We had been on holiday in Devon for three days when Elva died.
That night, we went to a restaurant with beautiful sea views. Elva was fed and slept whilst we ate our meal. It was 9 o’clock by the time we got back which is much later than normal bedtime but we made an exception on holiday.
The children both had quick showers and Kieran read Tadhg a story whilst I fed Elva. She barely drank anything as she had been fed during dinner at her ‘usual’ dinner time. I put her to bed and she was still smiling at me.
Me and Kieran looked back at the photos we had taken that day. Photos that are so precious now. We checked on them both before we went to bed and all was fine.
The next morning, our whole lives changed when I found Elva in her cot. I instantly knew something was wrong but not quite how wrong. She was lying on her back and there was nothing covering her face although she had turned round in the night. But I just sensed she wasn’t ok. I picked her up and said her name. Then I shouted her name. Then I just screamed. I screamed at Kieran to get an ambulance and I ran outside and screamed for anyone to help. Our neighbours came running, everyone came running. I must have woken the entire camp up. A policeman who was on holiday immediately started CPR. Everyone was trying to help. Before I knew it, a helicopter had landed and me and Kieran were being taken to the hospital separately in an ambulance. The neighbours we’d got to know looked after Tadhg – he was happy to stay with them and their two children. It was a blur. At some point I had cut my leg open but I have no idea when or how.
The journey took forever, even with the lights and sirens as it was rush hour by now. I kept imagining getting to the hospital and her being sat up in a cot completely fine. She just had to be fine. When we walked in, the helicopter crew were lined up in the corridor and as I made eye contact with one of them, I knew. A doctor appeared and said we needed to go to the relatives’ room – another sign. They weren’t taking us to her. When he told me there was nothing they could do, I didn’t cry. I told him he was wrong. Elva could not die. She wouldn’t do that. A nurse appeared, and two other people who I later found out were a rapid response nurse and a police officer from child protection. Another police officer introduced himself and said he needed a statement.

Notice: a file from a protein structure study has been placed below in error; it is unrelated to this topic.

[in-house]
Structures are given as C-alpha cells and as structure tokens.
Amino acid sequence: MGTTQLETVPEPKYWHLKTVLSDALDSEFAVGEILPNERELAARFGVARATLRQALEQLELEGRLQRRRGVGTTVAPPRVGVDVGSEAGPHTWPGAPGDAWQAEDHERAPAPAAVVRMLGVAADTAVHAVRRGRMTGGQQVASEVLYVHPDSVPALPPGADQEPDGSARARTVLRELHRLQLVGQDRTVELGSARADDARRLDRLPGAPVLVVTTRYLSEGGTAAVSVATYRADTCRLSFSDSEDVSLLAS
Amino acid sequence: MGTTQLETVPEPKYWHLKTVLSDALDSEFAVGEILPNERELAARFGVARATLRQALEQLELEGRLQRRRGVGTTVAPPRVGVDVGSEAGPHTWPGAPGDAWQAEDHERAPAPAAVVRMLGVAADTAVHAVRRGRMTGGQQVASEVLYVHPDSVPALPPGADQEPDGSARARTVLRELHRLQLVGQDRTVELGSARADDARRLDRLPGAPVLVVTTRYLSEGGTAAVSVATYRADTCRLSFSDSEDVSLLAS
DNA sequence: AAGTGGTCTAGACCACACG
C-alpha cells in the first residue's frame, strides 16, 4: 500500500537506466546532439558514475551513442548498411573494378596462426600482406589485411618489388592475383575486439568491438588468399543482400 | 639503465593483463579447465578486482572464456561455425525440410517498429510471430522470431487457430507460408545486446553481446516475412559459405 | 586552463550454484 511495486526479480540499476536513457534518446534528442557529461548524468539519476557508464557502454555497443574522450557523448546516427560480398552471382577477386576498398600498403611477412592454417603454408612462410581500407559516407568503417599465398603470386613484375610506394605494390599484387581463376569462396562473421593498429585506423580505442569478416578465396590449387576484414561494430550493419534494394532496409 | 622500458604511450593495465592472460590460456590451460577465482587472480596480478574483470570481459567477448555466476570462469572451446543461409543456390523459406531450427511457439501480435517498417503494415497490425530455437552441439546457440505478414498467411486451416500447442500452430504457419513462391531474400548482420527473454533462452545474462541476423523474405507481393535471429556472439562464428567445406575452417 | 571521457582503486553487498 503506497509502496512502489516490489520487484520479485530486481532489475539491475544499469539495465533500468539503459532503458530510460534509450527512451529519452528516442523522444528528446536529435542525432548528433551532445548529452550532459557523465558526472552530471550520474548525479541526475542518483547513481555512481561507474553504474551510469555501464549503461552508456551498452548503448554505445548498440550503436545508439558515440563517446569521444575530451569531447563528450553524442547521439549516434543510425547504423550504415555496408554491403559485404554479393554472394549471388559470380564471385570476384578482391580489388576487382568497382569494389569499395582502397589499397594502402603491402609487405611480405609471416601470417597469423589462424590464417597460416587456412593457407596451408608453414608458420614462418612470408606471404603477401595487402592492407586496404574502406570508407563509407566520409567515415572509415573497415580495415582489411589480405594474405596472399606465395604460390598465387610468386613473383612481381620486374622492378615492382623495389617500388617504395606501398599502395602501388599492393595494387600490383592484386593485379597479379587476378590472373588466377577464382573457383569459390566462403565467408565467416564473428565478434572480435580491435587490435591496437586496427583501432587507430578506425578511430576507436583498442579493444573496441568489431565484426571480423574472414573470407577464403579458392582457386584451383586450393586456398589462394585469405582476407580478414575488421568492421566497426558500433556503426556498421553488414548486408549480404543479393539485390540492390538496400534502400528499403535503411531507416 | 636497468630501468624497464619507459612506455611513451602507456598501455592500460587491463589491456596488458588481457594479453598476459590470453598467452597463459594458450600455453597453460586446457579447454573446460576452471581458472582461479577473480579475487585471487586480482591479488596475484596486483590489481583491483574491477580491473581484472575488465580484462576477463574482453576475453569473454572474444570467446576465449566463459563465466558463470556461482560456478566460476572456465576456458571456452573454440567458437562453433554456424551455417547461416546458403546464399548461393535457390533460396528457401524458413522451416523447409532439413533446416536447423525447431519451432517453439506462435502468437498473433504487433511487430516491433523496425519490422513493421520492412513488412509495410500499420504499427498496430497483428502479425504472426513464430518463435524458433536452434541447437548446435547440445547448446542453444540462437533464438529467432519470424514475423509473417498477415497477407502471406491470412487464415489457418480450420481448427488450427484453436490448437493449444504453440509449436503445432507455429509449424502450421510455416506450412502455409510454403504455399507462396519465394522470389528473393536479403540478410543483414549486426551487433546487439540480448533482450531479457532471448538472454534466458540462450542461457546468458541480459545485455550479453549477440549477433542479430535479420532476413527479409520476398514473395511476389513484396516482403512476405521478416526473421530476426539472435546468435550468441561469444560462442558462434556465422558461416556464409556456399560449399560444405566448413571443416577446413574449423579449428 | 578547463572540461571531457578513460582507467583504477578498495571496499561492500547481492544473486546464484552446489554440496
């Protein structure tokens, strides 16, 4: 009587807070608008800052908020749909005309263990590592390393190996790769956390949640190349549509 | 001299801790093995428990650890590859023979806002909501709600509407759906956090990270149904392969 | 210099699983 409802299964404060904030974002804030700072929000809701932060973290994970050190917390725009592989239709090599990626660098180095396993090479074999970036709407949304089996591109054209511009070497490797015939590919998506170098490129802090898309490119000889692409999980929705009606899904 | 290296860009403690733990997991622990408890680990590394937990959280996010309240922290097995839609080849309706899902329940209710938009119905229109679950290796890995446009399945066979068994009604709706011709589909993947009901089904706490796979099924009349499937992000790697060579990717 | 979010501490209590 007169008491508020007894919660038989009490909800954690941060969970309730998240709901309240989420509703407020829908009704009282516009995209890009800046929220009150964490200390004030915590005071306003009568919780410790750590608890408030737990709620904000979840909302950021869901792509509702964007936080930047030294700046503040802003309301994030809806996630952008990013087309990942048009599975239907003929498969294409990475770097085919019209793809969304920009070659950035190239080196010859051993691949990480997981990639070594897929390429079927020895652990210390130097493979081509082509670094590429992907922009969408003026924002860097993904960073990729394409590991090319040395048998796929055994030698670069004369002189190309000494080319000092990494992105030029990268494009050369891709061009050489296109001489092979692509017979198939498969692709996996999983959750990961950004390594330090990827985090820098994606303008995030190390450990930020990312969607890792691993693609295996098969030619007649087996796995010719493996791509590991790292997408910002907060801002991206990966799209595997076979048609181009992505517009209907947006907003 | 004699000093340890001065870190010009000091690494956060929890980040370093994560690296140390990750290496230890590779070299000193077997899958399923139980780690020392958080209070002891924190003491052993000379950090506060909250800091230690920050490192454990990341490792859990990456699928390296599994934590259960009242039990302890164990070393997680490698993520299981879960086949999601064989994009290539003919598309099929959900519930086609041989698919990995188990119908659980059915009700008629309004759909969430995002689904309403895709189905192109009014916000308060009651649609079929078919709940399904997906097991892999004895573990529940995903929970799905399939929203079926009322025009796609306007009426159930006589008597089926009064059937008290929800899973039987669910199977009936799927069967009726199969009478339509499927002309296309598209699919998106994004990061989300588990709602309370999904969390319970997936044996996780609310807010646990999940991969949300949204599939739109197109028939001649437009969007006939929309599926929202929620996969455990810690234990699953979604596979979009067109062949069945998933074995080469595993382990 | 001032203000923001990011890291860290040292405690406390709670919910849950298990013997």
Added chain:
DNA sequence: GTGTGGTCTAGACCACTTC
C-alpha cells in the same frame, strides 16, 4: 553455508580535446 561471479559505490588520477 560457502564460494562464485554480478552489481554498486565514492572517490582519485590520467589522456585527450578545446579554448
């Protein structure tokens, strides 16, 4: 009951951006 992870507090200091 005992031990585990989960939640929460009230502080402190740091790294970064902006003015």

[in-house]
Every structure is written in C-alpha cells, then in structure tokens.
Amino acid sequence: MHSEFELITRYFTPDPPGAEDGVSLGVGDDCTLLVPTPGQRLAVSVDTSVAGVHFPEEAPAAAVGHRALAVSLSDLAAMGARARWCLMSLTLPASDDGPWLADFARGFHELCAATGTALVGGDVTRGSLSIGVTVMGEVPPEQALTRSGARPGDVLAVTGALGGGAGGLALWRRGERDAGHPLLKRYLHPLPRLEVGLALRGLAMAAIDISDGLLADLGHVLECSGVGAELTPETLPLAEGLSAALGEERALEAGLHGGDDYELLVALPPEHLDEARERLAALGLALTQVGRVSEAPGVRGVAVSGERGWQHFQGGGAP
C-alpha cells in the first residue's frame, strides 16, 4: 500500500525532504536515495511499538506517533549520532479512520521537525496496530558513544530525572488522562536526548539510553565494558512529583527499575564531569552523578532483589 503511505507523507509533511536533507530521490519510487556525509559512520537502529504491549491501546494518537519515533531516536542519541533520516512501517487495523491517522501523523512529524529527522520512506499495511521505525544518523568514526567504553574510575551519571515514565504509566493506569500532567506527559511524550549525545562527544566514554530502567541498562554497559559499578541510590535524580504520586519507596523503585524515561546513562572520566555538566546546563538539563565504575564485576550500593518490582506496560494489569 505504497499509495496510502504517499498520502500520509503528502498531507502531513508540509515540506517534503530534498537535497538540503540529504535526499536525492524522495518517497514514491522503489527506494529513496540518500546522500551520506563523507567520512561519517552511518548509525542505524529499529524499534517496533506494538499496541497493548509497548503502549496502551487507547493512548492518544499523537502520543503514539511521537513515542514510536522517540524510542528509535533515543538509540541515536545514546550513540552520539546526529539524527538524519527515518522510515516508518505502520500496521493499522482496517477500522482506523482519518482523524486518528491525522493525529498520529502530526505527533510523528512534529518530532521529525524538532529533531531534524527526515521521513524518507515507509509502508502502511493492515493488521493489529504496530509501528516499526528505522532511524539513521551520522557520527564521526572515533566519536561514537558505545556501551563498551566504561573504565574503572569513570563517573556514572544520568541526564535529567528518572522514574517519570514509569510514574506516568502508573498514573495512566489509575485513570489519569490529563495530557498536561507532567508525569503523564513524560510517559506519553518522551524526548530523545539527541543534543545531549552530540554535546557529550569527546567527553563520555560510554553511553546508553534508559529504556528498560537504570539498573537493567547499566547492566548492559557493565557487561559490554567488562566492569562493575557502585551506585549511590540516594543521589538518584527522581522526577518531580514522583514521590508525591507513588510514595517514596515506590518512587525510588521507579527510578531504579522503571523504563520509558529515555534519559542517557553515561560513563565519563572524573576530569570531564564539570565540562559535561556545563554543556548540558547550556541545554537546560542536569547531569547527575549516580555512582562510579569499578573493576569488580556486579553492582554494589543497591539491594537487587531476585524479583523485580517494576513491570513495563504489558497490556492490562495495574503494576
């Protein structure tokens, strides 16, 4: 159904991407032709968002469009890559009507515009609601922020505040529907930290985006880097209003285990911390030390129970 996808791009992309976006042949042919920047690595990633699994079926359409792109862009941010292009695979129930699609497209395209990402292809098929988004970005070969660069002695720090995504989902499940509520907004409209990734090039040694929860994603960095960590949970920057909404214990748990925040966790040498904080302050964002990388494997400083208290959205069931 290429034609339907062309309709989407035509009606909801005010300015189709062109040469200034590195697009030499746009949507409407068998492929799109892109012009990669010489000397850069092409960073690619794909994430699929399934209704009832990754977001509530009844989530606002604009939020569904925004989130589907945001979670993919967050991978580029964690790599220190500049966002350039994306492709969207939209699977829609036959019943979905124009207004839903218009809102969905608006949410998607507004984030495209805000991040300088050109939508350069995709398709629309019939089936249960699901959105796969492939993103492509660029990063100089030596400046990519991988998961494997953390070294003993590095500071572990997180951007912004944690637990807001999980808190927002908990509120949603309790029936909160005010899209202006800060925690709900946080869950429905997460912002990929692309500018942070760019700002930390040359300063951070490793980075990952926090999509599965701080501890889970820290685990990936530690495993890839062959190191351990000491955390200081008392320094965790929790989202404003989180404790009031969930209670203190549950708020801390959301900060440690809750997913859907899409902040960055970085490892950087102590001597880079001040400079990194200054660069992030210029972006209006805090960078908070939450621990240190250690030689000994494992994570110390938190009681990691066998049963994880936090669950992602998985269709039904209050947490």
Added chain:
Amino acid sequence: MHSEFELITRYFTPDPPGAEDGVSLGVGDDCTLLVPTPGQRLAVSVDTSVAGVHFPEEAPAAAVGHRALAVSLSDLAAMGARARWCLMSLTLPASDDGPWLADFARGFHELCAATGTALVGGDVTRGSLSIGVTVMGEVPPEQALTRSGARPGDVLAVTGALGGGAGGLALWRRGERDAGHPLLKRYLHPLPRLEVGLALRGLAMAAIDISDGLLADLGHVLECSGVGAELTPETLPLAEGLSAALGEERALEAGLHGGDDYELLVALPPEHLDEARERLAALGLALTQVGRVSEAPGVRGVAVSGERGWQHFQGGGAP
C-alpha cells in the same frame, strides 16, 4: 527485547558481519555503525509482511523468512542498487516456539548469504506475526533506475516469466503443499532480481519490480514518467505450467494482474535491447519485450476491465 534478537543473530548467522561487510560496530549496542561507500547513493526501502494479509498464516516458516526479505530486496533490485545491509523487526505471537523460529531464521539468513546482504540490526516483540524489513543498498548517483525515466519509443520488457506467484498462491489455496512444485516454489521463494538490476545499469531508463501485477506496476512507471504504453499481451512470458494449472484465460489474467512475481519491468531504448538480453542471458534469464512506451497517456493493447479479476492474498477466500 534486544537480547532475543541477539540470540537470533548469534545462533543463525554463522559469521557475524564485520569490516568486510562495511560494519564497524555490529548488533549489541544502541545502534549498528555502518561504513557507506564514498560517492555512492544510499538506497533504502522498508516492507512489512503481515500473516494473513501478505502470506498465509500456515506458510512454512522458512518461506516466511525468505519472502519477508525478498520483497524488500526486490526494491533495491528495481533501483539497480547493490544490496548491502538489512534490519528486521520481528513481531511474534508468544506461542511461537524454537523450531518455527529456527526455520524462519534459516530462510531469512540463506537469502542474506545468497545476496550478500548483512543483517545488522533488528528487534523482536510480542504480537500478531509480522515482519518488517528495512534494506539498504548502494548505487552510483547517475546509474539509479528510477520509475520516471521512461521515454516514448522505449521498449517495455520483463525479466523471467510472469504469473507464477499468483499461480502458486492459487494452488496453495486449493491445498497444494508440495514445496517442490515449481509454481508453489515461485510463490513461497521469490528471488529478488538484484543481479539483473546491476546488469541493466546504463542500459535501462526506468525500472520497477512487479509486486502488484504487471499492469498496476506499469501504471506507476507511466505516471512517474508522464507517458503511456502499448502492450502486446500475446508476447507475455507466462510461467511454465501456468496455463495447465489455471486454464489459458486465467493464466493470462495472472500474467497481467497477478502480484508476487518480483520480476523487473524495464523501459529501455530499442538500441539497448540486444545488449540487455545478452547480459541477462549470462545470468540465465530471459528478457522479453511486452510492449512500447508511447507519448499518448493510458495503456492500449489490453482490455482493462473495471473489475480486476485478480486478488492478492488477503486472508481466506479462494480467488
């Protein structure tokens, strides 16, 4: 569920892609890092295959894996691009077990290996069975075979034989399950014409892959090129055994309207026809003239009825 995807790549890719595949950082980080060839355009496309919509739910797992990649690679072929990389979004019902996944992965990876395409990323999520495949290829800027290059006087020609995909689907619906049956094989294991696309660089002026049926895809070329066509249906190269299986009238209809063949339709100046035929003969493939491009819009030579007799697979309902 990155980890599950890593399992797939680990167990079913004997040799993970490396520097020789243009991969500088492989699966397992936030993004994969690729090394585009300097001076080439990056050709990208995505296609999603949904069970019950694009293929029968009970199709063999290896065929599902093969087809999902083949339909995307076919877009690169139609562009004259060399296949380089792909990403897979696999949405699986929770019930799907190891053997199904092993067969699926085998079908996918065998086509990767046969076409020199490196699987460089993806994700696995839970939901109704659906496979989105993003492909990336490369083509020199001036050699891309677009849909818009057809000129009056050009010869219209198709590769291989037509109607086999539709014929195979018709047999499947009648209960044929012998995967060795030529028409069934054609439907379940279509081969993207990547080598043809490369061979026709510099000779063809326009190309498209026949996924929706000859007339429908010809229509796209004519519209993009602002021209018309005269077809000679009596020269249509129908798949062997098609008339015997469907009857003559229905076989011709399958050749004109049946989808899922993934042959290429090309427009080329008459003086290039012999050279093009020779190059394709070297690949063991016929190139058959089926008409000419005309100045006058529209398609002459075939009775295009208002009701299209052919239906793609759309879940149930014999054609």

As we sat answering questions – some about the evening before and that morning, it began to dawn on me what was happening. I was sick. My beautiful baby girl wasn’t here anymore. I didn’t understand at all. As I explained where Elva was sleeping I began to blame myself. I put her in the travel cot. The cot was not in my room. This was my fault. I should have stayed up all night and watched her. I see now, most of the time, that I did what most parents would have done and what I had always done. What had been fine for 2 nights before. The feeling of guilt is never far away though. She relied on me to keep her safe and I had failed.
There is so much procedure involved, rightly so, when a child dies. But me and Kieran never had a moment alone. One of the nurses had lost her own son to SIDS many years ago and was visibly upset due to the similarities between both of our stories. We had Elva baptised the weekend before our holiday and her son had died the morning of his baptism. They were both the same age. She was the only person in the room that I didn’t mind being there as she was the only one who could even begin to understand how we felt.
We answered questions and they explained about post mortems, and taking her bedding for evidence and the coroner and all sorts of other information that I just couldn’t process at the time.
We were finally able to go and see Elva. Seeing my baby lying there, a tube still in her mouth that they weren’t allowed to removed until the post mortem, was horrific. She was my little girl and yet I didn’t know how to pick up. I so wanted to hold her but I was scared. Scared to hold my own baby as everything was different now. The nurse handed her to me and I cried and cried. And I begged her to wake up. I shouted at her to wake up. I needed her to. But she couldn’t. She was cold and felt tinier than she ever had before. I couldn’t even begin to imagine how we were going to live the rest of our lives.
My mum, dad and sister arrived at the hospital in record time after picking Tadhg up en route. I don’t know how they had got there so fast. I remember asking my dad to fix this for me. So unfair of me but I just wasn’t thinking and he always fixed things for me.
I looked at Tadhg who was playing with the toys on the floor, completely oblivious to what had happened. How was I ever going to explain to a nearly 3 year old that his little sister wasn’t going to be coming home with us? I couldn’t even understand it myself.
The next day, after saying our goodbyes, our parents drove us home – we were in no state. In the back of the car Tadhg broke down into tears and said he missed Elva. He didn’t know why she wasn’t with us. Neither did I.
I hated leaving her behind. Coming home to our house without her. It was the worst good bye of my life and one I didn’t want to have to say. I still don’t.